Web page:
- 1921–1933: Ludwig Vesenbeckh
- 1933–1935: Friedrich Denzel
- 1935–1937: Hans Goll
- 1937–1945: Klaus Tellenbach
- 1945: Carl Roth
- 1945–1946: Richard Reile
- 1946–1948: Hermann Götz
- 1948–1964: Anton Schwan
- 1964–1972: Bruno Rühl
coat of arms
The coat of arms of the Tauberbischofsheim district showed in a four-sided shield: 1 in gold a six-spoke red wheel with a gold hub, 2 in black a red crowned and red armored golden lion, 3 in black a slanting, notched flag on a golden rod, embroidered with red and silver ; 4 in gold a blue heraldic rose. The coat of arms was awarded on March 19, 1959 by the Baden-Württemberg Ministry of the Interior .
The coat of arms symbolizes the former domains that divided the district until 1803. The wheel stands for the communities that belonged to the Mainz Archbishopric , the lion for the former Electoral Palatinate communities, the flag for the places of the Hochstift Würzburg and the rose is the coat of arms of the Counts of Wertheim .
Economy and Infrastructure
The federal highways 27 and 290 run through the district area.
From 1938 onwards, 84 municipalities initially belonged to the Tauberbischofsheim district, including 7 towns. In 1939 Niklashausen was merged with the municipality of Höhefeld, but then re-established as an independent municipality in 1960.
On March 7, 1968, the state parliament of Baden-Württemberg set the course for a community reform . With the law to strengthen the administrative power of smaller municipalities , it was possible for smaller municipalities to voluntarily unite to form larger municipalities. It all started with five communities in the Tauberbischofsheim district when they merged with their neighboring communities on July 1, 1971, namely Kupprichhausen and Unterschüpf with Boxberg , Hundheim with Külsheim, and Hochhausen and Impfingen with Tauberbischofsheim . Even after that, the number of communities steadily decreased until the district of Tauberbischofsheim was finally dissolved on January 1, 1973.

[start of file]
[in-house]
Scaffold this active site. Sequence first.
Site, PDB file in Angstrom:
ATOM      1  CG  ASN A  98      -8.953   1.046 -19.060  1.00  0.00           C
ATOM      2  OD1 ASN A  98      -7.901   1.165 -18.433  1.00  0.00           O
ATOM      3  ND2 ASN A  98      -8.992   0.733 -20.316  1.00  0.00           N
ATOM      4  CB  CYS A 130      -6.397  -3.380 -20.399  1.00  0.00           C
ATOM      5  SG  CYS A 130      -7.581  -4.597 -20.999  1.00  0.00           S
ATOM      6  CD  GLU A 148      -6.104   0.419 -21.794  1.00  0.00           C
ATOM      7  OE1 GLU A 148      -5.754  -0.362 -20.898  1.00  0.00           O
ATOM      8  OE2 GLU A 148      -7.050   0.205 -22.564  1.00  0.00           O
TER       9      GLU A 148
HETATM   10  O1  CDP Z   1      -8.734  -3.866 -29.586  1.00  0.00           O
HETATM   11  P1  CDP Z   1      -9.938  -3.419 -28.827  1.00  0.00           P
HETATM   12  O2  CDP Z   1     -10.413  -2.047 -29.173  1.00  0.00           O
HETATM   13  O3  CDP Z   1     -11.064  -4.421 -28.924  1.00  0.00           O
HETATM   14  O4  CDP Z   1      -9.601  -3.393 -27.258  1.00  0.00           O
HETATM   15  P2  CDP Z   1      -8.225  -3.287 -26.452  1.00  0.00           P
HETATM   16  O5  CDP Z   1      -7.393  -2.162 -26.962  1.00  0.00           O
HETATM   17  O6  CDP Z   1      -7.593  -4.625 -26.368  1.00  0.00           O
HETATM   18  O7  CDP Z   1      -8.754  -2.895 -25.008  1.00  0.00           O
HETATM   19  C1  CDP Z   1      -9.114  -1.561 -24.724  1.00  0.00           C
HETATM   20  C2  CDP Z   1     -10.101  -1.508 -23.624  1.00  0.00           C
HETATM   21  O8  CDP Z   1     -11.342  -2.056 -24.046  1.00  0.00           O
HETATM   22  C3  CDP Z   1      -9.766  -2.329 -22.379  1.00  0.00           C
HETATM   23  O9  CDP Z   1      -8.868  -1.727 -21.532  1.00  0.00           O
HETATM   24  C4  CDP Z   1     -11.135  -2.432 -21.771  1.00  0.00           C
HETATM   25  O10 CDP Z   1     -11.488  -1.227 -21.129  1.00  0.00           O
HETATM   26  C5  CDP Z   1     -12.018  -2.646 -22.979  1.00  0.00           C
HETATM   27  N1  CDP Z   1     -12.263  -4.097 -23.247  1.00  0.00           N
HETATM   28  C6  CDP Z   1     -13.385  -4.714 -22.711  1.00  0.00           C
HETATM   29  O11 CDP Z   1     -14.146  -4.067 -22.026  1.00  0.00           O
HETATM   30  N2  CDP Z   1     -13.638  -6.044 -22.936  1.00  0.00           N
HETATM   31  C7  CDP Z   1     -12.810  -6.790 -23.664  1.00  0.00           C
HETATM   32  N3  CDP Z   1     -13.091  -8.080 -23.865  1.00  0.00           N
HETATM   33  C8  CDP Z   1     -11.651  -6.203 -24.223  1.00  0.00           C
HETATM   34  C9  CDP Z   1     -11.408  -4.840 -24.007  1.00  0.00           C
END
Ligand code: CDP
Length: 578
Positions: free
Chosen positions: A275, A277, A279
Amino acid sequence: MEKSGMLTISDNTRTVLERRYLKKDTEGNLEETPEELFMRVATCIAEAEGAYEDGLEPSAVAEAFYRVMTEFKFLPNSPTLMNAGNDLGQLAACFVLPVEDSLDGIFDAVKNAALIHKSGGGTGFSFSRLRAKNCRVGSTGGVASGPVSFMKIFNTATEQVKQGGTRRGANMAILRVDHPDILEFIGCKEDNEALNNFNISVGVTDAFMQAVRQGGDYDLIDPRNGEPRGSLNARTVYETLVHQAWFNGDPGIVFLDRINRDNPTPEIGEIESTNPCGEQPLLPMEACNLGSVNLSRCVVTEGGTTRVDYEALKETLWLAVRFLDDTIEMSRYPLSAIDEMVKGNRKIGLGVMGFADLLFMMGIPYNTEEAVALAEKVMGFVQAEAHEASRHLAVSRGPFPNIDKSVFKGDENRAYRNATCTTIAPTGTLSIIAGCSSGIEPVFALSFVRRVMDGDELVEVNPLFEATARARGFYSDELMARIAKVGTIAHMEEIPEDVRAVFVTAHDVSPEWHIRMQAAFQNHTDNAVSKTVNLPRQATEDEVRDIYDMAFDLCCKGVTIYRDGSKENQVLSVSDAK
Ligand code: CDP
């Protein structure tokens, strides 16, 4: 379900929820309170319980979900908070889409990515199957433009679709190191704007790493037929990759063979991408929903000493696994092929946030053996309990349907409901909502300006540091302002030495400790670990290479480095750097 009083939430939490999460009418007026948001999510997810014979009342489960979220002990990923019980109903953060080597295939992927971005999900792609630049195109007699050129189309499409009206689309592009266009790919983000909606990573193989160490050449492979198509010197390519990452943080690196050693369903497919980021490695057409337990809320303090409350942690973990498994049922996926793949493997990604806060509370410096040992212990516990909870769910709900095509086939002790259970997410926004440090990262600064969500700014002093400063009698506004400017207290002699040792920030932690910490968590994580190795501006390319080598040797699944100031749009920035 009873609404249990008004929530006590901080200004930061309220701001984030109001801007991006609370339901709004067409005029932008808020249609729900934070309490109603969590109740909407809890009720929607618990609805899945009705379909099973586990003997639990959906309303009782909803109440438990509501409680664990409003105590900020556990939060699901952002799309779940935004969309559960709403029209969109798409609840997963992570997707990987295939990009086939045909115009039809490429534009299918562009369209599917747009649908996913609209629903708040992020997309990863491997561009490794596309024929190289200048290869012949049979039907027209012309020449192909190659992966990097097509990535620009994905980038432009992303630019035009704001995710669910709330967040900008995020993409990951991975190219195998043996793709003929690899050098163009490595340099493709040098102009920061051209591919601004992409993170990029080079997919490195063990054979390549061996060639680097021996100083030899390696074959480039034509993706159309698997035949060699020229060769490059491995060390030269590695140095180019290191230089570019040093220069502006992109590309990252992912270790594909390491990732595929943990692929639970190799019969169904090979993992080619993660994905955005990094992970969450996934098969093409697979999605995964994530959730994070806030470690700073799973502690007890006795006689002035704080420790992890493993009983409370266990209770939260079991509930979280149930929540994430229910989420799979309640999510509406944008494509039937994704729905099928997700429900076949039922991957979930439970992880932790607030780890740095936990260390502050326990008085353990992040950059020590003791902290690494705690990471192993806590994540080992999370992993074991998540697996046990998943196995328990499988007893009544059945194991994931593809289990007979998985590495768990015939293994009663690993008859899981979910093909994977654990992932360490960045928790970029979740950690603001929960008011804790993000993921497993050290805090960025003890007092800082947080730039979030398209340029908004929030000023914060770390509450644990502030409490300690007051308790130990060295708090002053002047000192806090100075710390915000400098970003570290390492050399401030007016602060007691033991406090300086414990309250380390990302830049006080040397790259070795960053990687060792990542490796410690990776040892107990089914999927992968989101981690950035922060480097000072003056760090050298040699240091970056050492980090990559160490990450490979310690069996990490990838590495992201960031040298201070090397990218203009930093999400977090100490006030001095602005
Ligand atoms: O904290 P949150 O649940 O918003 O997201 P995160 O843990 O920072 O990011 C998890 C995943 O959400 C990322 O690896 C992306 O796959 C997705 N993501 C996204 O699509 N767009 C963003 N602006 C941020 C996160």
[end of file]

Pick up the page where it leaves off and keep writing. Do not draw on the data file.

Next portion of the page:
The largest municipality in the district was the city of Wertheim . The smallest community was Brunntal.
In the table, the municipalities of the Tauberbischofsheim district are before the municipal reform. All today's communities belong to the Main-Tauber district. The population figures refer to the census results in 1961 and 1970.
1 Niklashausen was united with the municipality of Höhefeld from 1939 to 1960
On July 1, 1956, the district was assigned the TBB distinctive sign when the vehicle registration number that is still valid today was introduced . It is still issued in the Main-Tauber district to this day.
- Wolfram Angerbauer (Red.): The heads of the upper offices, district offices and district offices in Baden-Württemberg from 1810 to 1972 . Published by the working group of the district archives at the Baden-Württemberg district assembly. Theiss, Stuttgart 1996, ISBN 3-8062-1213-9 .
- ↑ a b c d Wolfram Angerbauer (Red.): The heads of the upper offices, district offices and district offices in Baden-Württemberg 1810 to 1972 . Published by the working group of the district archives at the Baden-Württemberg district assembly. Theiss, Stuttgart 1996, ISBN 3-8062-1213-9 , pp. 85-88 .
- ↑ Austrian National Library: German Reich Law Gazette Part I 1867–1945. No. 201 - Date of issue: November 29, 1938 . Online at alex.onb.ac.at. Retrieved May 13, 2016.
- ↑ Main-Post : 18 square meters for six people. 60 years ago, the first transports with people who had been expelled from Hungary arrived by rail in what was then the district of Tauberbischofsheim. . Online at www.mainpost.de. April 11, 2006. Retrieved December 11, 2015.
- ↑ a b Federal Statistical Office (ed.): Historical municipality register for the Federal Republic of Germany. Name, border and key number changes in municipalities, counties and administrative districts from May 27, 1970 to December 31, 1982 . W. Kohlhammer, Stuttgart / Mainz 1983, ISBN 3-17-003263-1 , p. 480 f .
- ^ Franz Gehrig , Hermann Müller: Tauberbischofsheim . Association of Tauberfränkische Heimatfreunde e. V., Tauberbischofsheim 1997, p. 303f. (The Grand Ducal Baden Oberamtmen).